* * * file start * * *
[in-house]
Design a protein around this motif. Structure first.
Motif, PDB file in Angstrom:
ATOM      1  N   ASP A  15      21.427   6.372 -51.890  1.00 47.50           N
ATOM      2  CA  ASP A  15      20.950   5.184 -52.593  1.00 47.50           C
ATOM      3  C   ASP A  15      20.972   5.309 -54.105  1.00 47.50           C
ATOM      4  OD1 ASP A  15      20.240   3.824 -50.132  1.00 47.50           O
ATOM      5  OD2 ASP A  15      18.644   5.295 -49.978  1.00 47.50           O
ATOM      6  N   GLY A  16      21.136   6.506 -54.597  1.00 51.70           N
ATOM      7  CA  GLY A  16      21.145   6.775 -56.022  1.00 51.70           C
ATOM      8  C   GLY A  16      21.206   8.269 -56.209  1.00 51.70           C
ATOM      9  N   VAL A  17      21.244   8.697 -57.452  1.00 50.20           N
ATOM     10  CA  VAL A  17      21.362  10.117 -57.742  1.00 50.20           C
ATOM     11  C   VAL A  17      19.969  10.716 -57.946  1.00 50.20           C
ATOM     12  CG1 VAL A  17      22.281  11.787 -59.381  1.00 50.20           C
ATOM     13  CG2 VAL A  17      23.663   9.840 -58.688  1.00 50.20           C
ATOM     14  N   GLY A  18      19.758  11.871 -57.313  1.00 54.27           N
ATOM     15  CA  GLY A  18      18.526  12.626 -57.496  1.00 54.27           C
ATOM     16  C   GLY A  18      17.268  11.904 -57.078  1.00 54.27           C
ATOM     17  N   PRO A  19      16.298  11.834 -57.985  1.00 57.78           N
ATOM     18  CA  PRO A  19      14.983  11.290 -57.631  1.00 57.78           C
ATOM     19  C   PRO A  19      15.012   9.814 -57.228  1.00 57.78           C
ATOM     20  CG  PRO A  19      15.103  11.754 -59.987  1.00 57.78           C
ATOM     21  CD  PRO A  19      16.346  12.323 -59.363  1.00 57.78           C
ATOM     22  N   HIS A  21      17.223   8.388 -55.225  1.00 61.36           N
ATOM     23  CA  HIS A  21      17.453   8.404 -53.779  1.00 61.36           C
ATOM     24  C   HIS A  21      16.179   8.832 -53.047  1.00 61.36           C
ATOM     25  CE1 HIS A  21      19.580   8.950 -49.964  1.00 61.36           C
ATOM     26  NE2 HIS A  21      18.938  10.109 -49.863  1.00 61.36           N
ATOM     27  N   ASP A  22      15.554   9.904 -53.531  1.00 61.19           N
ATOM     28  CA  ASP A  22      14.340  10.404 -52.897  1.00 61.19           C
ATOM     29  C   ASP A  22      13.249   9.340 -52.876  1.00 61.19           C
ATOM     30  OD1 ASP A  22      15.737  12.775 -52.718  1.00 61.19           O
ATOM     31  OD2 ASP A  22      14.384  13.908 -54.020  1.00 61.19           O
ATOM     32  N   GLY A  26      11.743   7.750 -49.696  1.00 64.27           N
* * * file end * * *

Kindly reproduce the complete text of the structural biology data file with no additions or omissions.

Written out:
[in-house]
Design a protein around this motif. Structure first.
Motif, PDB file in Angstrom:
ATOM      1  N   ASP A  15      21.427   6.372 -51.890  1.00 47.50           N
ATOM      2  CA  ASP A  15      20.950   5.184 -52.593  1.00 47.50           C
ATOM      3  C   ASP A  15      20.972   5.309 -54.105  1.00 47.50           C
ATOM      4  OD1 ASP A  15      20.240   3.824 -50.132  1.00 47.50           O
ATOM      5  OD2 ASP A  15      18.644   5.295 -49.978  1.00 47.50           O
ATOM      6  N   GLY A  16      21.136   6.506 -54.597  1.00 51.70           N
ATOM      7  CA  GLY A  16      21.145   6.775 -56.022  1.00 51.70           C
ATOM      8  C   GLY A  16      21.206   8.269 -56.209  1.00 51.70           C
ATOM      9  N   VAL A  17      21.244   8.697 -57.452  1.00 50.20           N
ATOM     10  CA  VAL A  17      21.362  10.117 -57.742  1.00 50.20           C
ATOM     11  C   VAL A  17      19.969  10.716 -57.946  1.00 50.20           C
ATOM     12  CG1 VAL A  17      22.281  11.787 -59.381  1.00 50.20           C
ATOM     13  CG2 VAL A  17      23.663   9.840 -58.688  1.00 50.20           C
ATOM     14  N   GLY A  18      19.758  11.871 -57.313  1.00 54.27           N
ATOM     15  CA  GLY A  18      18.526  12.626 -57.496  1.00 54.27           C
ATOM     16  C   GLY A  18      17.268  11.904 -57.078  1.00 54.27           C
ATOM     17  N   PRO A  19      16.298  11.834 -57.985  1.00 57.78           N
ATOM     18  CA  PRO A  19      14.983  11.290 -57.631  1.00 57.78           C
ATOM     19  C   PRO A  19      15.012   9.814 -57.228  1.00 57.78           C
ATOM     20  CG  PRO A  19      15.103  11.754 -59.987  1.00 57.78           C
ATOM     21  CD  PRO A  19      16.346  12.323 -59.363  1.00 57.78           C
ATOM     22  N   HIS A  21      17.223   8.388 -55.225  1.00 61.36           N
ATOM     23  CA  HIS A  21      17.453   8.404 -53.779  1.00 61.36           C
ATOM     24  C   HIS A  21      16.179   8.832 -53.047  1.00 61.36           C
ATOM     25  CE1 HIS A  21      19.580   8.950 -49.964  1.00 61.36           C
ATOM     26  NE2 HIS A  21      18.938  10.109 -49.863  1.00 61.36           N
ATOM     27  N   ASP A  22      15.554   9.904 -53.531  1.00 61.19           N
ATOM     28  CA  ASP A  22      14.340  10.404 -52.897  1.00 61.19           C
ATOM     29  C   ASP A  22      13.249   9.340 -52.876  1.00 61.19           C
ATOM     30  OD1 ASP A  22      15.737  12.775 -52.718  1.00 61.19           O
ATOM     31  OD2 ASP A  22      14.384  13.908 -54.020  1.00 61.19           O
ATOM     32  N   GLY A  26      11.743   7.750 -49.696  1.00 64.27           N